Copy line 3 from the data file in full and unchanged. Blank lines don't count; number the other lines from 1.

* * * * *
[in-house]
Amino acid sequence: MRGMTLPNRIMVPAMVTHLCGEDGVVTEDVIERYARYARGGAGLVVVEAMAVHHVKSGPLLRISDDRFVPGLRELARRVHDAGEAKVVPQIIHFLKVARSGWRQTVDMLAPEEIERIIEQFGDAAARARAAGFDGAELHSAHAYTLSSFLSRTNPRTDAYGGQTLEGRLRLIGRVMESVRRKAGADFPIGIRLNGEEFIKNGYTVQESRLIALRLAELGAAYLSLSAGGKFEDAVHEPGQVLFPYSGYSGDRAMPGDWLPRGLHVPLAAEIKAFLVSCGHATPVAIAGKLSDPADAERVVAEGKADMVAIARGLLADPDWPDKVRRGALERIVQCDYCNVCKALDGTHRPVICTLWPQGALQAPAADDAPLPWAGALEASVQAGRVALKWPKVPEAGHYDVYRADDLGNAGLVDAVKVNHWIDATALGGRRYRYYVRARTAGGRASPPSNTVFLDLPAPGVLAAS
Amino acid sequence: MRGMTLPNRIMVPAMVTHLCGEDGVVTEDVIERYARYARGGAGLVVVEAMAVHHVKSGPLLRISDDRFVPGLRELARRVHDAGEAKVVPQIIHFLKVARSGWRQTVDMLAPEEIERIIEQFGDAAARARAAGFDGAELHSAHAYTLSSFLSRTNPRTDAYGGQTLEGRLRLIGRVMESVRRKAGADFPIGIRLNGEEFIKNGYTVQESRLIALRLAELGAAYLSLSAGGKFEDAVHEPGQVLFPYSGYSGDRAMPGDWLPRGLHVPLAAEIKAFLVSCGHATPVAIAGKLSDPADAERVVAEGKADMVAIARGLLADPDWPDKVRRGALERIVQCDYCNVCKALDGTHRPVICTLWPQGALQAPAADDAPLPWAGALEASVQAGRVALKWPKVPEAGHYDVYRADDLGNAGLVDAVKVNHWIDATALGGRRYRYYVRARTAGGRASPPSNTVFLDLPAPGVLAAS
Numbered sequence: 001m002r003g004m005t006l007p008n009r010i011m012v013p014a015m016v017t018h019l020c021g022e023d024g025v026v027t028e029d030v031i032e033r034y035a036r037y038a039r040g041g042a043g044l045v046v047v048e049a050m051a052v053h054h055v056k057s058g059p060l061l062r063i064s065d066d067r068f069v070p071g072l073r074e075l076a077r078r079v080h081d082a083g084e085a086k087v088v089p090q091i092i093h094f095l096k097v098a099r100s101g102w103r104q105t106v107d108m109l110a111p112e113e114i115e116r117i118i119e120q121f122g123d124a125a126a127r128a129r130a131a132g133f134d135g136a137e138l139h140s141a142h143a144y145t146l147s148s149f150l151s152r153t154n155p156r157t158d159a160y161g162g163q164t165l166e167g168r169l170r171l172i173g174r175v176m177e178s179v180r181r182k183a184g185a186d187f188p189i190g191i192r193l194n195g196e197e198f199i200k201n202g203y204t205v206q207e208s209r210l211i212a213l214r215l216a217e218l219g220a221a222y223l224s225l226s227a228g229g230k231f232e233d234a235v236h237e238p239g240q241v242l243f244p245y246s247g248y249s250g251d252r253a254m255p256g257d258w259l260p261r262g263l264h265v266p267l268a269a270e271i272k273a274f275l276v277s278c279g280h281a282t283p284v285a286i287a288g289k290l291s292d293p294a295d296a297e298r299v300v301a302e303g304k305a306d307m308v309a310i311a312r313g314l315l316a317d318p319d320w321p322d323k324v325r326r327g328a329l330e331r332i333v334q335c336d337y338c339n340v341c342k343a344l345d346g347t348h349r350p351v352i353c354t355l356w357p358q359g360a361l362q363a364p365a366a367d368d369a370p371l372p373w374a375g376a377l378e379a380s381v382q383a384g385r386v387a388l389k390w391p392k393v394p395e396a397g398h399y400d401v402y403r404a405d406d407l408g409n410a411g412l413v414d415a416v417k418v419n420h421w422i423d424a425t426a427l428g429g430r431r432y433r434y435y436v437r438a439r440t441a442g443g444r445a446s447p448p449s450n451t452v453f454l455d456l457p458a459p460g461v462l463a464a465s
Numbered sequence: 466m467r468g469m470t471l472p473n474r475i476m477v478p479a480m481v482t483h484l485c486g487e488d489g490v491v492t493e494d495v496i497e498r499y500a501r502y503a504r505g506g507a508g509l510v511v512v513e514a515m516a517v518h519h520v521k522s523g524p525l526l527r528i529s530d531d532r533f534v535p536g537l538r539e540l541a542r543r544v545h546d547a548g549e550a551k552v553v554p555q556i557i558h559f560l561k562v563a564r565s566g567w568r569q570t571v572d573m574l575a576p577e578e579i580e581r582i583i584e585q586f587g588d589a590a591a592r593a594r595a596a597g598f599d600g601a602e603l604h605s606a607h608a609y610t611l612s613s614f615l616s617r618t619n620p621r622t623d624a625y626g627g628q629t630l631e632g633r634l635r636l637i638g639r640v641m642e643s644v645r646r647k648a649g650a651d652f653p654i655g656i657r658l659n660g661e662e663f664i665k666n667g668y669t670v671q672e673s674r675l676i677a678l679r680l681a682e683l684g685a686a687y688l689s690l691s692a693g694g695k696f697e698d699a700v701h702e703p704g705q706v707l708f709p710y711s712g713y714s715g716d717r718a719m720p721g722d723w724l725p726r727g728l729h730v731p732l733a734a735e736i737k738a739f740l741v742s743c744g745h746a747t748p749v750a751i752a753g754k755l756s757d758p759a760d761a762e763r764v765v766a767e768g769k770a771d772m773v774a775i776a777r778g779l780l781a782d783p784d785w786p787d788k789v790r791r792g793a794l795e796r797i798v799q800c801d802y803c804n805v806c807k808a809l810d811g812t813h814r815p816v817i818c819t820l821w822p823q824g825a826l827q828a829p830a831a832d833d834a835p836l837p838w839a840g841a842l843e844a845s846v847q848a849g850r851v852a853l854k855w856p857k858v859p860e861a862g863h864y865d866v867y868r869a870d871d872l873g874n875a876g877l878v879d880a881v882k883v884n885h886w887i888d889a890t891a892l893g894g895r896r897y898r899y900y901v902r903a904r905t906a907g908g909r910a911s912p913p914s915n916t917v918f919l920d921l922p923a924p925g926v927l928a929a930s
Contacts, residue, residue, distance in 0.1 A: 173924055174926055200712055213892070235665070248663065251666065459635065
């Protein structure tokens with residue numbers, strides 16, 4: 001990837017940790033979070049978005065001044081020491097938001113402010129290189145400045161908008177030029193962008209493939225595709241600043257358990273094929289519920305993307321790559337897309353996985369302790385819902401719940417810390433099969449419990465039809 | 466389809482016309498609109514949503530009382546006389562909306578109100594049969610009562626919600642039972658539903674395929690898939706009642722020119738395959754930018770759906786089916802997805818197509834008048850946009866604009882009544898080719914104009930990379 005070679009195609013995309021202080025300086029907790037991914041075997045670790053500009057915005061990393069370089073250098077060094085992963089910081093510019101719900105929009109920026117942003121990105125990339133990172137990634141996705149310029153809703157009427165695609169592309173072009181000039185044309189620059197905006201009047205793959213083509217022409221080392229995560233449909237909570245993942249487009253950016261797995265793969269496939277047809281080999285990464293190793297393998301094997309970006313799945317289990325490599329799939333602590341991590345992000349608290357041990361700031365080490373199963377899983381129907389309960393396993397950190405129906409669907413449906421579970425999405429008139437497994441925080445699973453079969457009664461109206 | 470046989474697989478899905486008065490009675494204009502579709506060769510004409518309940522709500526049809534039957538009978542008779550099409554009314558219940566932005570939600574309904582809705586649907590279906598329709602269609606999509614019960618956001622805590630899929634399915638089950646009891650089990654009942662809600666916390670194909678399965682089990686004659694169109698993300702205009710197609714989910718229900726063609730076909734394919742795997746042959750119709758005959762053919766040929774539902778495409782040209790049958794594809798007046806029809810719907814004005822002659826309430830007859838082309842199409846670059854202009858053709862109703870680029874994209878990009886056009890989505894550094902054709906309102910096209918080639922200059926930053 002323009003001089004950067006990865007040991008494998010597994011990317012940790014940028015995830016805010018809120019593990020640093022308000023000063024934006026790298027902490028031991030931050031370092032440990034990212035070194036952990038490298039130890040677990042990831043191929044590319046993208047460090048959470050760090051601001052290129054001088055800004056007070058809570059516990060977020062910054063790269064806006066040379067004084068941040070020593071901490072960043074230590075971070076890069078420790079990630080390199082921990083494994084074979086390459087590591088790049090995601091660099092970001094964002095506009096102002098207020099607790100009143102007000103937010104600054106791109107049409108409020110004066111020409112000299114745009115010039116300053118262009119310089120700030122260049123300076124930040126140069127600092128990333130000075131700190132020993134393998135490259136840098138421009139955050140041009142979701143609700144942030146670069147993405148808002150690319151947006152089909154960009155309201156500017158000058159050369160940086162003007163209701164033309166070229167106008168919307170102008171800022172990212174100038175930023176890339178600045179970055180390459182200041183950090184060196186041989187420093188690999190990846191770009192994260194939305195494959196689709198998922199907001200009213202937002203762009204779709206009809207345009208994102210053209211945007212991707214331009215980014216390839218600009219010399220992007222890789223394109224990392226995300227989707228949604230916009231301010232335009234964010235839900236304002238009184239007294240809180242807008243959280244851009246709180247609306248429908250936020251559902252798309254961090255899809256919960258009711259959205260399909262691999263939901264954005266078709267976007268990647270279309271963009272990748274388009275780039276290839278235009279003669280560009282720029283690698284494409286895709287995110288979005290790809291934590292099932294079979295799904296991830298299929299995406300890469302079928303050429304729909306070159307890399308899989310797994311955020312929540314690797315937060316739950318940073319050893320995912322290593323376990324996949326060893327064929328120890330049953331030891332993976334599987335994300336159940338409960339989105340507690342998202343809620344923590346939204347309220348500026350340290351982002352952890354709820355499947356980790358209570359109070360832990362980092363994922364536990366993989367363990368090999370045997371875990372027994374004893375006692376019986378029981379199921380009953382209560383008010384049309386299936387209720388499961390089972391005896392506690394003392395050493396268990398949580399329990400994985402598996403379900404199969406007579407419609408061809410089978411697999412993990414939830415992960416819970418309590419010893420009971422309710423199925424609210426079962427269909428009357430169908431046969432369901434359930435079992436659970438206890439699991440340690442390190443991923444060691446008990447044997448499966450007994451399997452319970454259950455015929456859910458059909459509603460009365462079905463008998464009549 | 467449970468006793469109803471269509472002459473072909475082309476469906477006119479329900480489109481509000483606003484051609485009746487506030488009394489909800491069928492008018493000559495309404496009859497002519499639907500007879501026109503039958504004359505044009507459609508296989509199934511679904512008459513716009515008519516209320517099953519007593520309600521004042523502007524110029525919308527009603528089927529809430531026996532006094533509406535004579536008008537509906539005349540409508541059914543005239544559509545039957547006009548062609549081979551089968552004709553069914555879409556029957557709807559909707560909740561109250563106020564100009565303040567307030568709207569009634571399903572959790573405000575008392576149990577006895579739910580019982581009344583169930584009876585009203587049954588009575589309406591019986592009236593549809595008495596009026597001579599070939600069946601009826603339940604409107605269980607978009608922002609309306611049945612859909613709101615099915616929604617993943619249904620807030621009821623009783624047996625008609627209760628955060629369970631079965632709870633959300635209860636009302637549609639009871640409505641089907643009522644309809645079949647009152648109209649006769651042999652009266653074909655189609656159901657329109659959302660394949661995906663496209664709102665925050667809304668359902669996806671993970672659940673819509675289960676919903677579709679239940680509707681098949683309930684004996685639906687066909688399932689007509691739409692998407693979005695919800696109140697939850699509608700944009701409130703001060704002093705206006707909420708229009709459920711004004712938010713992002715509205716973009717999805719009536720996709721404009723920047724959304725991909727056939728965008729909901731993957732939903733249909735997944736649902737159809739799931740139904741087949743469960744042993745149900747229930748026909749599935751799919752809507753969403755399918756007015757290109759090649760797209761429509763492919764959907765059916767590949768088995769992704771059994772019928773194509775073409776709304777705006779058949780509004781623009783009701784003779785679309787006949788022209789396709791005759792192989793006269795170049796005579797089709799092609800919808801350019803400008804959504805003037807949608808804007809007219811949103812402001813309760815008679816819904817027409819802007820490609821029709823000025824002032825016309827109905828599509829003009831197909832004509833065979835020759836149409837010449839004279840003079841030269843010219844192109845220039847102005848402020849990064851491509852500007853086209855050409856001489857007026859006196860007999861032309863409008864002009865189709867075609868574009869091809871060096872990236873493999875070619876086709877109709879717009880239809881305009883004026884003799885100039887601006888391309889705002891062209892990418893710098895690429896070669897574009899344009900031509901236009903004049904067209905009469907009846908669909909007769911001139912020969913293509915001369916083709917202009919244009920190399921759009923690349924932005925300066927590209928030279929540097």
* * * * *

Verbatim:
Amino acid sequence: MRGMTLPNRIMVPAMVTHLCGEDGVVTEDVIERYARYARGGAGLVVVEAMAVHHVKSGPLLRISDDRFVPGLRELARRVHDAGEAKVVPQIIHFLKVARSGWRQTVDMLAPEEIERIIEQFGDAAARARAAGFDGAELHSAHAYTLSSFLSRTNPRTDAYGGQTLEGRLRLIGRVMESVRRKAGADFPIGIRLNGEEFIKNGYTVQESRLIALRLAELGAAYLSLSAGGKFEDAVHEPGQVLFPYSGYSGDRAMPGDWLPRGLHVPLAAEIKAFLVSCGHATPVAIAGKLSDPADAERVVAEGKADMVAIARGLLADPDWPDKVRRGALERIVQCDYCNVCKALDGTHRPVICTLWPQGALQAPAADDAPLPWAGALEASVQAGRVALKWPKVPEAGHYDVYRADDLGNAGLVDAVKVNHWIDATALGGRRYRYYVRARTAGGRASPPSNTVFLDLPAPGVLAAS